2018 06 18The good news is that there are some easy things you can do to help prevent any issues becoming more serious.

Heel pain

Can be debilitating, affecting walking and posture. The most common cause is plantar fasciitis, when the ligament that runs under the heel becomes swollen.

Who gets it?

Can affect anyone at any age, but is most common in those in their 40s or in athletes.

What can I do myself to help prevent or manage it?

  • Wear well-fitting shoes, with good heel cushioning and arch support.
  • Avoid walking or exercising on hard ground.
  • Rest regularly and try not to walk or run too fast.
  • Wear a raised heel (no more than 6-10 mm higher than normal).

Athlete’s foot

A fungal infection that commonly affects dry, flaky areas, like the heel – but can also occur on moist areas of skin, such as between the toes.

Who gets it?

Anyone. Walking barefoot around swimming pools or wearing the same shoes continuously may make you more likely to pick it up.

What can I do myself to help prevent or manage it?

  • If it’s affecting dry areas, ask your pharmacist for an anti-fungal cream or spray.
  • If it’s in moist areas, wash your feet in cold water then dry them thoroughly – dab, don’t rub.
  • Avoid using moisturiser or powders in between the toes.
  • Applying surgical spirit can help reduce moisture, but only use on unbroken skin.
  • If it is persistent, see a podiatrist.


A bony lump on the side of your foot where the big toe excessively angles towards the second toe.

Who gets it?

Although anyone can get a bunion, they tend to be more common in women.

What can I do myself to help prevent or manage it?

  • Give your toes room to move by opting for wider shoes.
  • If you wear high-heeled shoes, do so in moderation.
  • If you want to wear a heel every day, keep heel heights to 4cm or less – and vary your heel heights from day to day.
  • Choose shoes with laces, or a strap or buckle over the instep.
  • If the bunion becomes inflamed or troublesome, see a podiatrist.

Corns and calluses

Hard, thickened areas of skin, caused in response to rubbing, friction or pressure on the skin.

Who gets it?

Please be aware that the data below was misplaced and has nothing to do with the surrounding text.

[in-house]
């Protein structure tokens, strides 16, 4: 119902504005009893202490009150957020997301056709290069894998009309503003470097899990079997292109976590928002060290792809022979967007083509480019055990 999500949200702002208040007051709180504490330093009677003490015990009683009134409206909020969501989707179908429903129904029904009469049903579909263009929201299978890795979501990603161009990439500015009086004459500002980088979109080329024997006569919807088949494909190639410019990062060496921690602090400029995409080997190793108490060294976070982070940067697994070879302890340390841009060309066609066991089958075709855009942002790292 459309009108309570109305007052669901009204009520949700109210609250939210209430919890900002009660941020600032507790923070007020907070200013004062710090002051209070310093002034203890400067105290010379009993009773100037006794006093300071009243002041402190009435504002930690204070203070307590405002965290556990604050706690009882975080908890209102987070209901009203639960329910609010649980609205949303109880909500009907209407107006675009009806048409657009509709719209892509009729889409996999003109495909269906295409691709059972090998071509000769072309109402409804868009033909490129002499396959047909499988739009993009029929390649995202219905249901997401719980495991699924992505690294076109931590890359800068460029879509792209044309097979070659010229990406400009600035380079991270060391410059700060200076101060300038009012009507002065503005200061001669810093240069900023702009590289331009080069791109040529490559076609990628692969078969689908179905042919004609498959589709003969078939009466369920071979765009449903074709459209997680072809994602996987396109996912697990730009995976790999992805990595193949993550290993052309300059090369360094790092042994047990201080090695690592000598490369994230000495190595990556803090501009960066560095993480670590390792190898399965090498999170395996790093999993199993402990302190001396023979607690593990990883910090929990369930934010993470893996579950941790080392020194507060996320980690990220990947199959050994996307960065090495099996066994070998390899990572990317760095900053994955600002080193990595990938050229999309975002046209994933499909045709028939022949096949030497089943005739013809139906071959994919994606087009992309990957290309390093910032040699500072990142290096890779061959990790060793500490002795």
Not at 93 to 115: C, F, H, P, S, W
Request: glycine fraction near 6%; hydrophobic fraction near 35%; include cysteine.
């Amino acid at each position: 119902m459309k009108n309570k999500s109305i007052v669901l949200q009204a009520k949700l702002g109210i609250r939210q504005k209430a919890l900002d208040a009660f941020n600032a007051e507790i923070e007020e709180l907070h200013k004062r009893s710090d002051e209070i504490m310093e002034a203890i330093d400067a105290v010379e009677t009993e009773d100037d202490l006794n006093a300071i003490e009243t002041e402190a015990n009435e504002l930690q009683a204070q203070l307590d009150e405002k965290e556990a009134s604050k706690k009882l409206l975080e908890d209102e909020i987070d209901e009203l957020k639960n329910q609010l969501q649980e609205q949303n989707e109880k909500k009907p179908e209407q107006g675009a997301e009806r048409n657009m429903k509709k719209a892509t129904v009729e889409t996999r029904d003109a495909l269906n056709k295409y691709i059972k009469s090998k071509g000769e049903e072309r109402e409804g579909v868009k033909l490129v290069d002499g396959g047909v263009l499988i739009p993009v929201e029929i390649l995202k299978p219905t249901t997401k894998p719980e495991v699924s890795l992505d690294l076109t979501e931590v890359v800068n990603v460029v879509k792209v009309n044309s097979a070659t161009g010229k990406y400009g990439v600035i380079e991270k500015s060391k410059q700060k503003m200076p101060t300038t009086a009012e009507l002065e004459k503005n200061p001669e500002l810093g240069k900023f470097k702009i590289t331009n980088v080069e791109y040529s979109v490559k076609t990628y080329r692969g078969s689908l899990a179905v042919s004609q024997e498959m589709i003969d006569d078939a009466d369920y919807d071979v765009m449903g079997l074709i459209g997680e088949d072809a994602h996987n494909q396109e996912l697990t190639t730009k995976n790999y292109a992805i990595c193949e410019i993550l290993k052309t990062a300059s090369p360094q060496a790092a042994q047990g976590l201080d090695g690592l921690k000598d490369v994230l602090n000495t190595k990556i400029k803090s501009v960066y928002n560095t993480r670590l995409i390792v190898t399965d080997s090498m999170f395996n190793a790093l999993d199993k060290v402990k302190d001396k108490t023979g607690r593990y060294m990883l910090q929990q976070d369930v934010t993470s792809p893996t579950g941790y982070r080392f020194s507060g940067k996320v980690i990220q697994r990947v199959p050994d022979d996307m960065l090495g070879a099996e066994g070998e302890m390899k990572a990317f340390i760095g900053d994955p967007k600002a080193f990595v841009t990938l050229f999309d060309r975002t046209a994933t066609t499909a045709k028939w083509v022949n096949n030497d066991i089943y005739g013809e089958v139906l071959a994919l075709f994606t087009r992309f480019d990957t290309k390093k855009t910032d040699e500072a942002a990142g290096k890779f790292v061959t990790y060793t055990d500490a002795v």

They can affect anyone, but may be caused by badly fitting shoes or a biomechanical irregularity in your feet.

What can I do myself to help prevent or manage it?

  • Gently rub the area with a pumice stone or foot file when you are in the bath.
  • Moisturising cream may help soften the thickened skin.

Ingrowing toenails

Develops when the side of a toenail pierces through the flesh of your toe, making it red, inflamed and painful. It most commonly affects the big toe.

Who gets it?

Anyone, but particularly people who cut their nails incorrectly leaving small spikes of nail behind. Sporty people are more prone because they are likely to get moist, sweaty feet – this can make the skin around the toenails softer and easier for a nail to pierce.

What can I do myself to help prevent or manage it?

  • Cut your nails properly – straight across, making sure not to trim them too low at the edge or down the side. Leave the corner of the nail so it’s visible above the skin. Doing it after a bath or shower is helpful, when your nails are softer.
  • Avoid moist feet by rotating your shoes and choosing well-fitting socks and shoes made from natural materials.
  • At home get your feet out and let the air get to your toes as much as possible!

The Basildon Practice

38 Byfletts (Off Clayhill Road), Basildon, Essex



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2 Surman Terrace, Princes Road off Victoria Rd, Romford, Essex

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